The Seer of Sautville
Good morning and welcome back to the flickering flack. When we last scribed our vibe, Hoofy was reeling against the ropes after a feverish Red Dye flurry. The bodacious bovine, beaten but not quite broken, was about to go down as the Thursday bell rung and his technical cuts and Beltway bruises festered. As the jeers and cheers commingled in the crowd, I whispered encouragement in his pointed ear and offered support despite signs that support itself would soon be gone.
While the genesis of my relative optimism was more psychological than scientific--based in part on the potential that Boom Boom Bernanke would tip the sentiment scale in favor of a year-end rally-my approach was rooted in discipline. I defined my risk (below S&P 1175), took one last look at the not-so-hot news and headed to Tampa to spend the weekend with the savvy soothsaying guitar-playing sommelier Jeff Saut.
I've met alotta folks in this business over the last sixteen years but I'll again offer that Jeff is as good as it gets. As the Chief Investment Strategist of Raymond James, he has the unenviable task of navigating his research team and clientele through these very trying financial times. Yet, he does so with efficient aplomb, having built one of the better track records of anyone throughout the land. Yesterday, while sitting on his front porch and enjoying the journey, the critters and I sat down for a heart-to-heart with the savvy seer. The conversation went a bit like this:
Boo: I see that you recently opined that "the lows are in." That's mighty aggressive given the uncertainty surrounding us. It seems to me that Scootergate is the last thing this administration needed given the president's abysmal approval rating, a difficult and expensive war, the botching of the hurricane relief effort and the Harriet Meier mess. I mean, dude, Harriet Meiers? I swear that this man sometimes forgets that other people are watching him!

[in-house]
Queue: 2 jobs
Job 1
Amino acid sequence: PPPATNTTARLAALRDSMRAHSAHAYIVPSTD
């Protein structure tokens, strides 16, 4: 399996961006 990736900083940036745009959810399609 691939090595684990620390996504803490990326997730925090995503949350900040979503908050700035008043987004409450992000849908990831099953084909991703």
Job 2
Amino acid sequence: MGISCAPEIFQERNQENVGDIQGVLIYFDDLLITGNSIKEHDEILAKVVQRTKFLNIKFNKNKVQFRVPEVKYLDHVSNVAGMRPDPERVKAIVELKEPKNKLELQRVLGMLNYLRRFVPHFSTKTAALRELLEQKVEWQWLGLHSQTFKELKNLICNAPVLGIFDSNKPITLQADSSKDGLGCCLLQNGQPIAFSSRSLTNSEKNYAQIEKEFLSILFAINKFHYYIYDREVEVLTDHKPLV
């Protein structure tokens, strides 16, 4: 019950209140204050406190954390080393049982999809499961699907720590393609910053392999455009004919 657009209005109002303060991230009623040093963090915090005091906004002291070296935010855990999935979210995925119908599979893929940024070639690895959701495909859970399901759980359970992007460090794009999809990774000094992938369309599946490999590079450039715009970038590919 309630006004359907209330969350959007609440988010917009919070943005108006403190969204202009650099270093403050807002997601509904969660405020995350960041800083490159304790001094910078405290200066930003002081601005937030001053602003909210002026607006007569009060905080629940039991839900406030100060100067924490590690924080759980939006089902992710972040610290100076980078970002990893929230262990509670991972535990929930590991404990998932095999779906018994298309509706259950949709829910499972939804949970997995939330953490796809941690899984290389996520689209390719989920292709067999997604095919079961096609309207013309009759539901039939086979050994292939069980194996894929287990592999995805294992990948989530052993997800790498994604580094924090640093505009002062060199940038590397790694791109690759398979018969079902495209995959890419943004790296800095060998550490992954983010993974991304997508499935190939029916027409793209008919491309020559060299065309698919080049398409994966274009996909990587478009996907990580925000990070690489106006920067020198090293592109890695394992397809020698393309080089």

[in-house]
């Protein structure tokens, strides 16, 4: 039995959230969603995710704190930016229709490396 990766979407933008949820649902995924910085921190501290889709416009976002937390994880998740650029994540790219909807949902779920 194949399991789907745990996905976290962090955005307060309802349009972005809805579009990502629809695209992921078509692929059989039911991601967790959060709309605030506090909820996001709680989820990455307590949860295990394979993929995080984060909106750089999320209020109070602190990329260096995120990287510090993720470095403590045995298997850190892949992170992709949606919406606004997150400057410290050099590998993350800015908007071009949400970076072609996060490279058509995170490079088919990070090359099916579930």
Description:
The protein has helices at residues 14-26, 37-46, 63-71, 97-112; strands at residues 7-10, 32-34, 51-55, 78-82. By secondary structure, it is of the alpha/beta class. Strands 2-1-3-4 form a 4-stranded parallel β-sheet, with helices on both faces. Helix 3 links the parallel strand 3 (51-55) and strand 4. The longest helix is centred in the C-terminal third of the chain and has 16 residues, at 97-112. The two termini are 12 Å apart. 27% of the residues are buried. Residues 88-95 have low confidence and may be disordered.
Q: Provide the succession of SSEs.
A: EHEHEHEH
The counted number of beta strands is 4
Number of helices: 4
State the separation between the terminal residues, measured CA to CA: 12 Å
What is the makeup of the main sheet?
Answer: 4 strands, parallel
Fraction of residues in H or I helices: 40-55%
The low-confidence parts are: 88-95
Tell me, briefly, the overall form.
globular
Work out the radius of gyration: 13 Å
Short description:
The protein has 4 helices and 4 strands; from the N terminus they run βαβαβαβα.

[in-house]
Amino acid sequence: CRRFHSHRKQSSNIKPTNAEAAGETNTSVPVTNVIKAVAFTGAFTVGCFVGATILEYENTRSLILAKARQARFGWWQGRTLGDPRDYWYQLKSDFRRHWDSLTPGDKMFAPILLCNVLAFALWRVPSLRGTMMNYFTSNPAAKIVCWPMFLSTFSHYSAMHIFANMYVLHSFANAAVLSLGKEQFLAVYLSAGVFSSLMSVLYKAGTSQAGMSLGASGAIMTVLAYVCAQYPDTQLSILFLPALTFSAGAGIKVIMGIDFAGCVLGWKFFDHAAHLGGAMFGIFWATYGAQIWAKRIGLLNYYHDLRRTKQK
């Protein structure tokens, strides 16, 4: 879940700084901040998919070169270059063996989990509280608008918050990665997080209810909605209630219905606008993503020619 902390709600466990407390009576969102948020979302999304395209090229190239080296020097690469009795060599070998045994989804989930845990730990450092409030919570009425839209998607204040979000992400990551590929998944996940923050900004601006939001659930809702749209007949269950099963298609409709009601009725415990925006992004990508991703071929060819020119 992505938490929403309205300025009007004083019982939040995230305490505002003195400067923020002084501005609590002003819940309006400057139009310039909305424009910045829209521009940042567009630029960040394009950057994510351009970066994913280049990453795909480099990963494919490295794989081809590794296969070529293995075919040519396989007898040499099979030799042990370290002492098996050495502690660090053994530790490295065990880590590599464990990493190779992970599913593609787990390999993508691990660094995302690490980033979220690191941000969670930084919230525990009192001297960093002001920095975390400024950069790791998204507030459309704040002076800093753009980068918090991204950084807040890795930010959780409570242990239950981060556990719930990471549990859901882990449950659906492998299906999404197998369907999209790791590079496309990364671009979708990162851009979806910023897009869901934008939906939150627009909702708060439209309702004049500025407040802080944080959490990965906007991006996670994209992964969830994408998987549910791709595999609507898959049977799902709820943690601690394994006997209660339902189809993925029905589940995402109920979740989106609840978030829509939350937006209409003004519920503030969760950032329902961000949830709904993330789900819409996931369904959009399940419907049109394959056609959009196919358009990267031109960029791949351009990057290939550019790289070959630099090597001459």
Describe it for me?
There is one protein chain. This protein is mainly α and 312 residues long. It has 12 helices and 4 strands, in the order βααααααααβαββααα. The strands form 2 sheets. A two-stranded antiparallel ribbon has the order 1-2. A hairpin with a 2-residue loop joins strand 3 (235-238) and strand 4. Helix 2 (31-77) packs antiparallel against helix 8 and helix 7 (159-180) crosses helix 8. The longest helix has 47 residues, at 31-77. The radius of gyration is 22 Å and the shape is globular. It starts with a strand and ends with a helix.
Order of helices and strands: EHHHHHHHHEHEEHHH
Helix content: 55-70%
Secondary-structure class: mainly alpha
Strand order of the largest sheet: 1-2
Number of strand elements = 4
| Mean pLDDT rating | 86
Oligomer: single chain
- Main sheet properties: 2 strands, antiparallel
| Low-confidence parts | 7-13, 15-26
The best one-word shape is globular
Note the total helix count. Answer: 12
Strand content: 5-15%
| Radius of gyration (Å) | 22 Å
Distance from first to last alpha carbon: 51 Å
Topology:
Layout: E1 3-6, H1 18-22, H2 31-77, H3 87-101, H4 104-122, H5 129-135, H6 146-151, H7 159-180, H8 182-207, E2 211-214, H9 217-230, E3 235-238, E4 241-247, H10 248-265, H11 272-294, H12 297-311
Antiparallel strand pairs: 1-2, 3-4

Saut: A wise man once said that when the President is in trouble, the market is in trouble. That said, we had every reason to wash out in early October but the bulls held it together. We're now entering a seasonally strong period where it simply hasn't paid to bet against the bulls. The rewards won't be all-encompassing but I'm pretty constructive.
Hoofy: Nice. What sectors do you dig and which groups should one be a bit more careful in?
Saut: I opined four years ago that the mid- and small-caps would outperform their big-cap brethren but I shifted gears a few weeks back. I'm now overweight the large-caps (vs. their smaller cousins) and wanna lean towards energy, materials and select healthcare while underweighting tech (semis and telecom), big cap pharma and retail (between interest rates, debt levels and energy prices, I believe that the consumer is at a tipping point). I don't like painting entire sectors with a single brush--there will always be special situations--but for purposes of this conversation, that's where I'm at.
Toddo: What about silver?
Saut: I prefer gold but silver could go along for the ride. I'm of the opinion that gold is exhibiting all the characteristics of a major bull market and we've got a ways to go. I wouldn't be shocked to see a wash out to the downside-perhaps as much as 20%--but I wanna buy it aggressively if and when.
Boo: You mentioned that earlier that you thought the consumer was at a tipping point. Isn't it hard to make a bullish case without participation from John Q. Public?
Saut: I'm talking about a tradable rally, not the beginning of a new bull market.